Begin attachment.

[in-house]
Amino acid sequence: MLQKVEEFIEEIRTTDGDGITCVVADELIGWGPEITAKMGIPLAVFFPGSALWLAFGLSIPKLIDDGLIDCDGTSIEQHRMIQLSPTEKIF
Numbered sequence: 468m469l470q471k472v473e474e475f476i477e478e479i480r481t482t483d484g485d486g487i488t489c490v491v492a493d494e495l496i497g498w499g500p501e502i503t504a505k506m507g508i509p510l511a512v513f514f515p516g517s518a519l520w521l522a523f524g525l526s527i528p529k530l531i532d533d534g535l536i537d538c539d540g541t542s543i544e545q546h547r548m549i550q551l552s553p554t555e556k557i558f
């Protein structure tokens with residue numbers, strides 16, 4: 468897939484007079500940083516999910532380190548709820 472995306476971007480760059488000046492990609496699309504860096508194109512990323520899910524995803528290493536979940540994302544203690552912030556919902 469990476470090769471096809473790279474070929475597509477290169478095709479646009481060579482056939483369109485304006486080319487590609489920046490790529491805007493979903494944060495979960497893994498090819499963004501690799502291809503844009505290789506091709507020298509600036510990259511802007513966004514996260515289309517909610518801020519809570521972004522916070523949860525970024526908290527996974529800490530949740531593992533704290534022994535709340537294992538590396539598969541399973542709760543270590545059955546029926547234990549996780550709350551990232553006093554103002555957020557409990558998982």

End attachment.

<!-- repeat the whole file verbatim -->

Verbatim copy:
[in-house]
Amino acid sequence: MLQKVEEFIEEIRTTDGDGITCVVADELIGWGPEITAKMGIPLAVFFPGSALWLAFGLSIPKLIDDGLIDCDGTSIEQHRMIQLSPTEKIF
Numbered sequence: 468m469l470q471k472v473e474e475f476i477e478e479i480r481t482t483d484g485d486g487i488t489c490v491v492a493d494e495l496i497g498w499g500p501e502i503t504a505k506m507g508i509p510l511a512v513f514f515p516g517s518a519l520w521l522a523f524g525l526s527i528p529k530l531i532d533d534g535l536i537d538c539d540g541t542s543i544e545q546h547r548m549i550q551l552s553p554t555e556k557i558f
């Protein structure tokens with residue numbers, strides 16, 4: 468897939484007079500940083516999910532380190548709820 472995306476971007480760059488000046492990609496699309504860096508194109512990323520899910524995803528290493536979940540994302544203690552912030556919902 469990476470090769471096809473790279474070929475597509477290169478095709479646009481060579482056939483369109485304006486080319487590609489920046490790529491805007493979903494944060495979960497893994498090819499963004501690799502291809503844009505290789506091709507020298509600036510990259511802007513966004514996260515289309517909610518801020519809570521972004522916070523949860525970024526908290527996974529800490530949740531593992533704290534022994535709340537294992538590396539598969541399973542709760543270590545059955546029926547234990549996780550709350551990232553006093554103002555957020557409990558998982």